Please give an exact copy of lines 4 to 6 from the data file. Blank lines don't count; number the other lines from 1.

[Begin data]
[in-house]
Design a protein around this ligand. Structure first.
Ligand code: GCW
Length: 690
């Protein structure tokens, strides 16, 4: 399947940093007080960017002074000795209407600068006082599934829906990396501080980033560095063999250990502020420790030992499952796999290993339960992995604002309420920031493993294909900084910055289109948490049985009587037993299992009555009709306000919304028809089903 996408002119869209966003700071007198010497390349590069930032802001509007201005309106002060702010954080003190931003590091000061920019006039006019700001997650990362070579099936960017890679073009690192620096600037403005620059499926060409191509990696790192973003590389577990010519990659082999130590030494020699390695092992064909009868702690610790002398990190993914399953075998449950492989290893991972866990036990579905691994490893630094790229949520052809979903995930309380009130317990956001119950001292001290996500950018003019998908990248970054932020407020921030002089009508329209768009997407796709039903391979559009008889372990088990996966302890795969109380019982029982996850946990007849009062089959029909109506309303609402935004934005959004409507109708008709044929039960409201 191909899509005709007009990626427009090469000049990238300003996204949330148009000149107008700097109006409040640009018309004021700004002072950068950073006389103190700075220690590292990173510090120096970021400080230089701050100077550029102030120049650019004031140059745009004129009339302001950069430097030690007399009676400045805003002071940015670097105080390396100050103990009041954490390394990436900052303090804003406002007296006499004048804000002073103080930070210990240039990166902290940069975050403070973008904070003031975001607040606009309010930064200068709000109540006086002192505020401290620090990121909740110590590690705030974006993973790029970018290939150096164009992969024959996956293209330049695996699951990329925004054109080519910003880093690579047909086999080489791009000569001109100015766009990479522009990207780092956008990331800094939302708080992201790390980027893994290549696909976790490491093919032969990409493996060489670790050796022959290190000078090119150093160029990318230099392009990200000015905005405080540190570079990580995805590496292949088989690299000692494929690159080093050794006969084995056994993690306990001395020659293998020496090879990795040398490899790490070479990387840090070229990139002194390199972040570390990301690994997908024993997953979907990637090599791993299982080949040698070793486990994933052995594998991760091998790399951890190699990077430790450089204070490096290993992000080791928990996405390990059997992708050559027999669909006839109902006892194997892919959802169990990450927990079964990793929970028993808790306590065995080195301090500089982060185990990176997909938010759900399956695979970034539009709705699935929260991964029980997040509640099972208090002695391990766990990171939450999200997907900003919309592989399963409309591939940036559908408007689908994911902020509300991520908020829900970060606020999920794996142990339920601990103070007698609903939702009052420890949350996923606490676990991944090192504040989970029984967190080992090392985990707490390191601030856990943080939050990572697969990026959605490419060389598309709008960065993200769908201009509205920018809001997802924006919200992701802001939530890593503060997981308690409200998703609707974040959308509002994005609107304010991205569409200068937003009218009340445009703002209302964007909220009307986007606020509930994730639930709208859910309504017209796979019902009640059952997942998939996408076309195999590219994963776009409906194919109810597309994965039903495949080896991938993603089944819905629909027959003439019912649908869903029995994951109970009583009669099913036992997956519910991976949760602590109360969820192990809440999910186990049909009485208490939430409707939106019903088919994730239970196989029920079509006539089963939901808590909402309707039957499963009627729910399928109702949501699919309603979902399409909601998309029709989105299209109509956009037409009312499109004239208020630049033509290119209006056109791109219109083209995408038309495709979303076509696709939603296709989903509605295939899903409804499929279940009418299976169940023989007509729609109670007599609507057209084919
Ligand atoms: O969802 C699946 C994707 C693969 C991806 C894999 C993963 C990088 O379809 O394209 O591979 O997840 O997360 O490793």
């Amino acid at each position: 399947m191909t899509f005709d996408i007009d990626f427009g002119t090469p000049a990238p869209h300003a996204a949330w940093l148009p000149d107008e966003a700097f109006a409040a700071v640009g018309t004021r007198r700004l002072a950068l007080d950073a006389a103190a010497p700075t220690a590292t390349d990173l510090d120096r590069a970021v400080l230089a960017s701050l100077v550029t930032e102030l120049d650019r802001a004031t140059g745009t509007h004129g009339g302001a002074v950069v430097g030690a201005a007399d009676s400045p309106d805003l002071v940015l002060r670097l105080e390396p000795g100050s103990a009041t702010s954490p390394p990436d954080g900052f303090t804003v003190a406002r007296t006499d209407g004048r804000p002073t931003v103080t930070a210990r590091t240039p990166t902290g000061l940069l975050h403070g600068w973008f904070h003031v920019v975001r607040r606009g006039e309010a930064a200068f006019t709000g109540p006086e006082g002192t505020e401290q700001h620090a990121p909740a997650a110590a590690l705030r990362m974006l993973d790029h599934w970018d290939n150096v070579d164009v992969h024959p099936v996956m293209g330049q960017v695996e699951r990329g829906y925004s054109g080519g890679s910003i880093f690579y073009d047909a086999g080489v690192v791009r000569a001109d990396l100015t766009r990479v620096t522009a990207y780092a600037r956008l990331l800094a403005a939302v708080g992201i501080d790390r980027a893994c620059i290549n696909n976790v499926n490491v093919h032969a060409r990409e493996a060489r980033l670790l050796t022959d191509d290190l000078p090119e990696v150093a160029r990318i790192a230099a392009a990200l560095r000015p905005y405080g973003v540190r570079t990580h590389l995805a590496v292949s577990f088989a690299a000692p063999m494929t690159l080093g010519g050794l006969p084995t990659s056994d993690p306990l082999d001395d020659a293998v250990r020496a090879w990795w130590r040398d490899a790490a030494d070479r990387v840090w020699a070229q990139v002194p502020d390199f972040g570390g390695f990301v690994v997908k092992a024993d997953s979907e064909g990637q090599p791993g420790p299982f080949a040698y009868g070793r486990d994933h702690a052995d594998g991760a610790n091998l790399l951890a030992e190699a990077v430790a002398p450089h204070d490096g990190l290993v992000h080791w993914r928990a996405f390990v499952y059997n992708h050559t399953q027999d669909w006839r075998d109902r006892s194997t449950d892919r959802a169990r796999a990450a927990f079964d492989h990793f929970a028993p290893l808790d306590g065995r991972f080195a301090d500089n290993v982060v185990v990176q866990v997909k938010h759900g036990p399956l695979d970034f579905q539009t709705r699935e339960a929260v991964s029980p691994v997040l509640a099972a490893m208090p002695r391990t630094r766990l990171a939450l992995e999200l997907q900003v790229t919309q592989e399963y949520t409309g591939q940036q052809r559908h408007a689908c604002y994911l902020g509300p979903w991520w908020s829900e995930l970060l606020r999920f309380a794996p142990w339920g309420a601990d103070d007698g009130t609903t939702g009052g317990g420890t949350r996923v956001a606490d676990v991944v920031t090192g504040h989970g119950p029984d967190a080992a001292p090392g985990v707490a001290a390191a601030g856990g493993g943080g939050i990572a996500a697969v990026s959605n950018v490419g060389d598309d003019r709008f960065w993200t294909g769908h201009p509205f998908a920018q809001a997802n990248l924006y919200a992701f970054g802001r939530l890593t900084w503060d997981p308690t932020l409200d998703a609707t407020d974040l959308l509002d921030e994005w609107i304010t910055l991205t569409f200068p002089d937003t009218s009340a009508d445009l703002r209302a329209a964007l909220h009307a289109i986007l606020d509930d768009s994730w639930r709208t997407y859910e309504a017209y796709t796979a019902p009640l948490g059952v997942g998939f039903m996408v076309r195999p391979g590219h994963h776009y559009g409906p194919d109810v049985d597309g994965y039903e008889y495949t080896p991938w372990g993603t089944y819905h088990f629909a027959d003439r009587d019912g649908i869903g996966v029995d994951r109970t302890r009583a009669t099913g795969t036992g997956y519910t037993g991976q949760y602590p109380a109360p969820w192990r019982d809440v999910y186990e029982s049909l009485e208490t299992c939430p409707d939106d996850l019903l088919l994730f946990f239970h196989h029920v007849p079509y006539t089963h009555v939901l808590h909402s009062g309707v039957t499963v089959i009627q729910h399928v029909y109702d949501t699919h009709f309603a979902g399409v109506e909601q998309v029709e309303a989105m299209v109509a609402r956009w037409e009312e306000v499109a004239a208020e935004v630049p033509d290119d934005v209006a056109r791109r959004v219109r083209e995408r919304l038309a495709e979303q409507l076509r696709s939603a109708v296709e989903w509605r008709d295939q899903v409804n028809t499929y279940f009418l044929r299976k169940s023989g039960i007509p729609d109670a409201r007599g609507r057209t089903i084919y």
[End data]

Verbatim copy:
Length: 690
């Protein structure tokens, strides 16, 4: 399947940093007080960017002074000795209407600068006082599934829906990396501080980033560095063999250990502020420790030992499952796999290993339960992995604002309420920031493993294909900084910055289109948490049985009587037993299992009555009709306000919304028809089903 996408002119869209966003700071007198010497390349590069930032802001509007201005309106002060702010954080003190931003590091000061920019006039006019700001997650990362070579099936960017890679073009690192620096600037403005620059499926060409191509990696790192973003590389577990010519990659082999130590030494020699390695092992064909009868702690610790002398990190993914399953075998449950492989290893991972866990036990579905691994490893630094790229949520052809979903995930309380009130317990956001119950001292001290996500950018003019998908990248970054932020407020921030002089009508329209768009997407796709039903391979559009008889372990088990996966302890795969109380019982029982996850946990007849009062089959029909109506309303609402935004934005959004409507109708008709044929039960409201 191909899509005709007009990626427009090469000049990238300003996204949330148009000149107008700097109006409040640009018309004021700004002072950068950073006389103190700075220690590292990173510090120096970021400080230089701050100077550029102030120049650019004031140059745009004129009339302001950069430097030690007399009676400045805003002071940015670097105080390396100050103990009041954490390394990436900052303090804003406002007296006499004048804000002073103080930070210990240039990166902290940069975050403070973008904070003031975001607040606009309010930064200068709000109540006086002192505020401290620090990121909740110590590690705030974006993973790029970018290939150096164009992969024959996956293209330049695996699951990329925004054109080519910003880093690579047909086999080489791009000569001109100015766009990479522009990207780092956008990331800094939302708080992201790390980027893994290549696909976790490491093919032969990409493996060489670790050796022959290190000078090119150093160029990318230099392009990200000015905005405080540190570079990580995805590496292949088989690299000692494929690159080093050794006969084995056994993690306990001395020659293998020496090879990795040398490899790490070479990387840090070229990139002194390199972040570390990301690994997908024993997953979907990637090599791993299982080949040698070793486990994933052995594998991760091998790399951890190699990077430790450089204070490096290993992000080791928990996405390990059997992708050559027999669909006839109902006892194997892919959802169990990450927990079964990793929970028993808790306590065995080195301090500089982060185990990176997909938010759900399956695979970034539009709705699935929260991964029980997040509640099972208090002695391990766990990171939450999200997907900003919309592989399963409309591939940036559908408007689908994911902020509300991520908020829900970060606020999920794996142990339920601990103070007698609903939702009052420890949350996923606490676990991944090192504040989970029984967190080992090392985990707490390191601030856990943080939050990572697969990026959605490419060389598309709008960065993200769908201009509205920018809001997802924006919200992701802001939530890593503060997981308690409200998703609707974040959308509002994005609107304010991205569409200068937003009218009340445009703002209302964007909220009307986007606020509930994730639930709208859910309504017209796979019902009640059952997942998939996408076309195999590219994963776009409906194919109810597309994965039903495949080896991938993603089944819905629909027959003439019912649908869903029995994951109970009583009669099913036992997956519910991976949760602590109360969820192990809440999910186990049909009485208490939430409707939106019903088919994730239970196989029920079509006539089963939901808590909402309707039957499963009627729910399928109702949501699919309603979902399409909601998309029709989105299209109509956009037409009312499109004239208020630049033509290119209006056109791109219109083209995408038309495709979303076509696709939603296709989903509605295939899903409804499929279940009418299976169940023989007509729609109670007599609507057209084919
Ligand atoms: O969802 C699946 C994707 C693969 C991806 C894999 C993963 C990088 O379809 O394209 O591979 O997840 O997360 O490793």